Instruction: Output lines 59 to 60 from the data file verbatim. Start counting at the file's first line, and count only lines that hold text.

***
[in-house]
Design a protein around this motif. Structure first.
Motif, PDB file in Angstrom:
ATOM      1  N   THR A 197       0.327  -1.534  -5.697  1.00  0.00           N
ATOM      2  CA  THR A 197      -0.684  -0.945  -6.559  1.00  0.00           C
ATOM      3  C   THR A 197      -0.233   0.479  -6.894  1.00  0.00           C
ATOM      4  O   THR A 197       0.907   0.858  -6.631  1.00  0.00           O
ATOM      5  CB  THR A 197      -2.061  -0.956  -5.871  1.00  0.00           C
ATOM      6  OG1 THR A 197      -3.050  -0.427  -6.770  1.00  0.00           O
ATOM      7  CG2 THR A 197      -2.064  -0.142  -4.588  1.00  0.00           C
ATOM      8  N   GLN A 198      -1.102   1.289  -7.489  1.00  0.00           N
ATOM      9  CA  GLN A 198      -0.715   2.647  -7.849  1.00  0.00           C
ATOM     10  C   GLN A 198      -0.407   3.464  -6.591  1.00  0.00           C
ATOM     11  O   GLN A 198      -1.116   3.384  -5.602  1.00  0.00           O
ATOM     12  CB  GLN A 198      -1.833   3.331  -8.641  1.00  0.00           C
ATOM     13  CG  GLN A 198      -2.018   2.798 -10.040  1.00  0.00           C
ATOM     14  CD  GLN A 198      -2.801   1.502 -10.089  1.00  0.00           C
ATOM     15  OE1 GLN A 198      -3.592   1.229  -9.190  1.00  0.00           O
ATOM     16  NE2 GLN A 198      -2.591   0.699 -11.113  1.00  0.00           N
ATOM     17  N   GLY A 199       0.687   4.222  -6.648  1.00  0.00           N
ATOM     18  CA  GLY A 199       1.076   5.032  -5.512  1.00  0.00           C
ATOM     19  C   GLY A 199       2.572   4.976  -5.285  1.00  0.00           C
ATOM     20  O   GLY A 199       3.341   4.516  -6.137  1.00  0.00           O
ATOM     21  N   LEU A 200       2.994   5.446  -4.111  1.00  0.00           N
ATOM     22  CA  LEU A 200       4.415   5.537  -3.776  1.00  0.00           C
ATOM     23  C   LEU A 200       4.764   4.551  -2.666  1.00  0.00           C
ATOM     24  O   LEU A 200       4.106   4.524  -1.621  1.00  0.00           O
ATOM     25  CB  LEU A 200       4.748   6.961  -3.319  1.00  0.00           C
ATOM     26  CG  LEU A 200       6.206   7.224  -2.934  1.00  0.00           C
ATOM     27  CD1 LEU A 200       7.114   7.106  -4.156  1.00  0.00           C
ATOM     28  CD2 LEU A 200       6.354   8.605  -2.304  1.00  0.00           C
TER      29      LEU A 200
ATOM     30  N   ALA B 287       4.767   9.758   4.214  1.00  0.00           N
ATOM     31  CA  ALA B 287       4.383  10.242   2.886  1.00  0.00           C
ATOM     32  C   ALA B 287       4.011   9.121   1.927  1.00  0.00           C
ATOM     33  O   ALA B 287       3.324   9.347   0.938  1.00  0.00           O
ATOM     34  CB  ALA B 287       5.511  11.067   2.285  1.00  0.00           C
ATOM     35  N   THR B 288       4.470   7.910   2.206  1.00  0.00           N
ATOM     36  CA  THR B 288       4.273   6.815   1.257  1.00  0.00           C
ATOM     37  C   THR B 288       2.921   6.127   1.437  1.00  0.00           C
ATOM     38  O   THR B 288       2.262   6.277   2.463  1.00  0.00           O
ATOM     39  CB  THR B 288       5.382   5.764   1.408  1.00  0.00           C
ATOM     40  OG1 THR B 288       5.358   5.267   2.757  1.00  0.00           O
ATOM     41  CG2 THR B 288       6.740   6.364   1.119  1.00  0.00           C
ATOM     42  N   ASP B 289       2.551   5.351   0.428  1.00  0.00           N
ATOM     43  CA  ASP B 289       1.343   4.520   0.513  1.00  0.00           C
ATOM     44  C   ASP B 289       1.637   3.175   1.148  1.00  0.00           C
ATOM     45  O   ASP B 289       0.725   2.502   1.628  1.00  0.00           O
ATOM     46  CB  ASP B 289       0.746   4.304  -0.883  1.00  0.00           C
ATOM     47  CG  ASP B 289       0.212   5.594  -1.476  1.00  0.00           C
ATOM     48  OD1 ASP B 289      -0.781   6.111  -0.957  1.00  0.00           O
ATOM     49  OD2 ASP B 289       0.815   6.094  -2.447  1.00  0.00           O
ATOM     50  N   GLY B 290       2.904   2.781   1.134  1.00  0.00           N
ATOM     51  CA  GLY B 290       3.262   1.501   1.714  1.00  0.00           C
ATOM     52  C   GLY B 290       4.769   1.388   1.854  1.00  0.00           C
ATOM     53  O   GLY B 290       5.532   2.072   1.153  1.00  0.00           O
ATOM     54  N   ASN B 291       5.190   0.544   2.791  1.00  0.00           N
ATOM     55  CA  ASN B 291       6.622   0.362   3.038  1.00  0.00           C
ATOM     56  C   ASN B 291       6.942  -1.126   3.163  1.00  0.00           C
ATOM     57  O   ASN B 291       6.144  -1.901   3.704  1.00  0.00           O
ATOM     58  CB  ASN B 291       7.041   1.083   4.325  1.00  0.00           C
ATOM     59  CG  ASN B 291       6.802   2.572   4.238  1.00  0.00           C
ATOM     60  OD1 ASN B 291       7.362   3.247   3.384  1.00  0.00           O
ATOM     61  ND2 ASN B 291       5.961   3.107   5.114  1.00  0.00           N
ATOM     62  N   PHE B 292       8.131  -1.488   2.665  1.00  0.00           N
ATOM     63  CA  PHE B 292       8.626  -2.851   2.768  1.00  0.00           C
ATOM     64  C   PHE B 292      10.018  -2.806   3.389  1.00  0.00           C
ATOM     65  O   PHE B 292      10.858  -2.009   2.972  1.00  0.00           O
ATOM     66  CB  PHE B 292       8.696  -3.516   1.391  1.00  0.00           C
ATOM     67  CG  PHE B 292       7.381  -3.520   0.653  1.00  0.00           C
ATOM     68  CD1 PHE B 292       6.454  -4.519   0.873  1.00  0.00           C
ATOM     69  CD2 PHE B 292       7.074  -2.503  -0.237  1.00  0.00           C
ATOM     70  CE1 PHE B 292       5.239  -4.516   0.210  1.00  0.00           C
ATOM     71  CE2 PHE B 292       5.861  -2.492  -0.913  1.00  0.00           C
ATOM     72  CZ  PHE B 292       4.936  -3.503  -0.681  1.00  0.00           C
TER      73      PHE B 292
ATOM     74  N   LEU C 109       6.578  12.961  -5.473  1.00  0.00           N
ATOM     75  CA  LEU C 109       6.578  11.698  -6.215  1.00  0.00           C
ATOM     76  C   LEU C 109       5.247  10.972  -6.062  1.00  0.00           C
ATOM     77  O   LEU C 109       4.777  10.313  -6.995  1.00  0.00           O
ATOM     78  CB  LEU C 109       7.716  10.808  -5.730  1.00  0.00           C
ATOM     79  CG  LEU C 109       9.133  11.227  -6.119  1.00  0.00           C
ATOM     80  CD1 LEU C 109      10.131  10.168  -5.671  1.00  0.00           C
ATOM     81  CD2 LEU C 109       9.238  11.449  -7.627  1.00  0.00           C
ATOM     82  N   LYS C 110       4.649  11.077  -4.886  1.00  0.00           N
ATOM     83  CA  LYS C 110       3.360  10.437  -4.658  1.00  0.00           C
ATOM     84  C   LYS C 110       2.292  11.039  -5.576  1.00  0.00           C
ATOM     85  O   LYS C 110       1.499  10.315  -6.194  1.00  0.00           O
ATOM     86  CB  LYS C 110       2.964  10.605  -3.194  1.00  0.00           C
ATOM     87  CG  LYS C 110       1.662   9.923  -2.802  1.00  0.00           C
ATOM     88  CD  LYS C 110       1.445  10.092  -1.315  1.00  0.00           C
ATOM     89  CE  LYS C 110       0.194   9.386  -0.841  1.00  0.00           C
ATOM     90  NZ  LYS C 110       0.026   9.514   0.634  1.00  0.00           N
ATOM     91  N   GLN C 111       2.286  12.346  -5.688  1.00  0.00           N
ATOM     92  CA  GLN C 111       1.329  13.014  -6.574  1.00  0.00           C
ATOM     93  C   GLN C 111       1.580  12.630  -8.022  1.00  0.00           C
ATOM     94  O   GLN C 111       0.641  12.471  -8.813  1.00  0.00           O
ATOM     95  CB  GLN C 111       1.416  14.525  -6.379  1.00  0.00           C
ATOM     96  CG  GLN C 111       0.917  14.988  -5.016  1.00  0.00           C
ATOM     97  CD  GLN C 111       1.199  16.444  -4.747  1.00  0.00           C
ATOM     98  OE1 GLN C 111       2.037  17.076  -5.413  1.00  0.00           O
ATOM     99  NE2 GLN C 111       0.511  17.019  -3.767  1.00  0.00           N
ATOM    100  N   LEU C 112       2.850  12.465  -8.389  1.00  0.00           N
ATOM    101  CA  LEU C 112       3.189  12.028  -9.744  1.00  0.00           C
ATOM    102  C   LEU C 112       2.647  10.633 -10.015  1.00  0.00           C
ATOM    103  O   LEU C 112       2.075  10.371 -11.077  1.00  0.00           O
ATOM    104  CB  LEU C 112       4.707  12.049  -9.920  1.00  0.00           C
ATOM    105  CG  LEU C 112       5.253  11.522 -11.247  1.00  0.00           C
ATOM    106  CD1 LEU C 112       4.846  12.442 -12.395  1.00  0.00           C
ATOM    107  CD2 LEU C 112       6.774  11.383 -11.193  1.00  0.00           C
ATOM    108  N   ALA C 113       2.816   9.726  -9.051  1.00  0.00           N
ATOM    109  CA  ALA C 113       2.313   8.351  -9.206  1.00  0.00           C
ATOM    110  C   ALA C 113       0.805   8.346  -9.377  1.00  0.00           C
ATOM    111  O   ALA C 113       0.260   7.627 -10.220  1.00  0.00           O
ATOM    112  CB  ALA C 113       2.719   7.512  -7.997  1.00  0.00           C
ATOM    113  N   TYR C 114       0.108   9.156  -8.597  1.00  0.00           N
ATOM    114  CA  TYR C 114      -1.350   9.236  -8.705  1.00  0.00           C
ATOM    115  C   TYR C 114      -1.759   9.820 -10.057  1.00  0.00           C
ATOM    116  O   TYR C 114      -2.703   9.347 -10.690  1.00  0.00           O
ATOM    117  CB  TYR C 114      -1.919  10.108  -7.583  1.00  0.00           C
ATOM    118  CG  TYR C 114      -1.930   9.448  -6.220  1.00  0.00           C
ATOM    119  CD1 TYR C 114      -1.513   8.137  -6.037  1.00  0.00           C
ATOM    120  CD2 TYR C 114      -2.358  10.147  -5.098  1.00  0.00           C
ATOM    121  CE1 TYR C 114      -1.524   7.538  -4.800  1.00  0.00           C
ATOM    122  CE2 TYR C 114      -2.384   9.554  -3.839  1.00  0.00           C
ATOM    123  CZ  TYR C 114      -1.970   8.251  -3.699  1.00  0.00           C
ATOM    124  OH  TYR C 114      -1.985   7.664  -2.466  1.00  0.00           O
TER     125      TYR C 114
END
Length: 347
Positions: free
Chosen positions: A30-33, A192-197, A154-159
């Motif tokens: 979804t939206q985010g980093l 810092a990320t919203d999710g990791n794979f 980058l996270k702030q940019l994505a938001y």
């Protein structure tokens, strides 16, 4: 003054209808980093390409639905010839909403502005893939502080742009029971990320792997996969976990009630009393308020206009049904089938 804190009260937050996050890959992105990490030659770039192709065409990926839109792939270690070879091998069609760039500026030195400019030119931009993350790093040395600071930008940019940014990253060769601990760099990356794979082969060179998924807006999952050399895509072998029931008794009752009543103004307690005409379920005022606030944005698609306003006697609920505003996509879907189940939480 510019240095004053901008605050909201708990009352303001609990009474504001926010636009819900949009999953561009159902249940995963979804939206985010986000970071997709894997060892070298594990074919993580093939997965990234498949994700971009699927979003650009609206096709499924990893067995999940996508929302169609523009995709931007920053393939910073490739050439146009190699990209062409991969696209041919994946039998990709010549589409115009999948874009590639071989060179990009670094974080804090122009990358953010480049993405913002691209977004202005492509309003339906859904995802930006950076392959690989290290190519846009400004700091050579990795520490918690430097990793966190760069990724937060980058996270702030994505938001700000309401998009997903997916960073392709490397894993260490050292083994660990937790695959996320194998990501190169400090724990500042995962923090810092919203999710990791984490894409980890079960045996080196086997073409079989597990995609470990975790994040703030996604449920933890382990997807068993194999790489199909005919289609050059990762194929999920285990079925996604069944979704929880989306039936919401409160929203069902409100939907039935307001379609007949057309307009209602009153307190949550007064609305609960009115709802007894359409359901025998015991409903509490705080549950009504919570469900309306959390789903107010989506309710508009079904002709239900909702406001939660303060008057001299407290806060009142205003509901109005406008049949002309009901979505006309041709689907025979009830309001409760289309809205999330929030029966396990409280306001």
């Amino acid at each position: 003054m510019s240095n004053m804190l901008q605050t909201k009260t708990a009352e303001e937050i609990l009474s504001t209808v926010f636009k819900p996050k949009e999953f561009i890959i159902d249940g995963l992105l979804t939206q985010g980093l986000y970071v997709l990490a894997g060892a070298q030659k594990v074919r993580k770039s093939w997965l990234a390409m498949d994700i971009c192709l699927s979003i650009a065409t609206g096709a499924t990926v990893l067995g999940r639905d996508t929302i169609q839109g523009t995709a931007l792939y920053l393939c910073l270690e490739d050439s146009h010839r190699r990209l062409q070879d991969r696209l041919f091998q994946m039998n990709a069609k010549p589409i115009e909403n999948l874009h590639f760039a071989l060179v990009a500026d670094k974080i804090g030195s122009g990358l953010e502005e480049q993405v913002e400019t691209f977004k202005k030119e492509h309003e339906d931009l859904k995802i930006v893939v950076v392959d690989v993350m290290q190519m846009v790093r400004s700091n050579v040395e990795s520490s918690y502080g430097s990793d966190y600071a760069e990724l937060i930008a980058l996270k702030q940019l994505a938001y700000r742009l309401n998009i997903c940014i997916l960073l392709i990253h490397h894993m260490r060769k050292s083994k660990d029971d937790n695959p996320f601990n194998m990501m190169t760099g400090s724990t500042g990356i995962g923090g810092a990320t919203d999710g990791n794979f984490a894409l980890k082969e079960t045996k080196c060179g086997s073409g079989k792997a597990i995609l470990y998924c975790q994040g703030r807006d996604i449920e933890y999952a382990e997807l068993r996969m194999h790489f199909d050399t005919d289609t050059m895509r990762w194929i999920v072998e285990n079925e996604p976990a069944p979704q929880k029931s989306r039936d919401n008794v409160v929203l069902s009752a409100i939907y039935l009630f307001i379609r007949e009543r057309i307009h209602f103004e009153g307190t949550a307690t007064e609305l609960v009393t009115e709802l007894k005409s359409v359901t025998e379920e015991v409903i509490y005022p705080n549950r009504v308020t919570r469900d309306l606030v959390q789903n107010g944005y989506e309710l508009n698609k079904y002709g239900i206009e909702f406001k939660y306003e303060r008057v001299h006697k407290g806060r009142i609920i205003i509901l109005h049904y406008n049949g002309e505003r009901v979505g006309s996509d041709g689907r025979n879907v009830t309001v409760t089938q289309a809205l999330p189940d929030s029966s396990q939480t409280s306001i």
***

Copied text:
ATOM     56  C   ASN B 291       6.942  -1.126   3.163  1.00  0.00           C
ATOM     57  O   ASN B 291       6.144  -1.901   3.704  1.00  0.00           O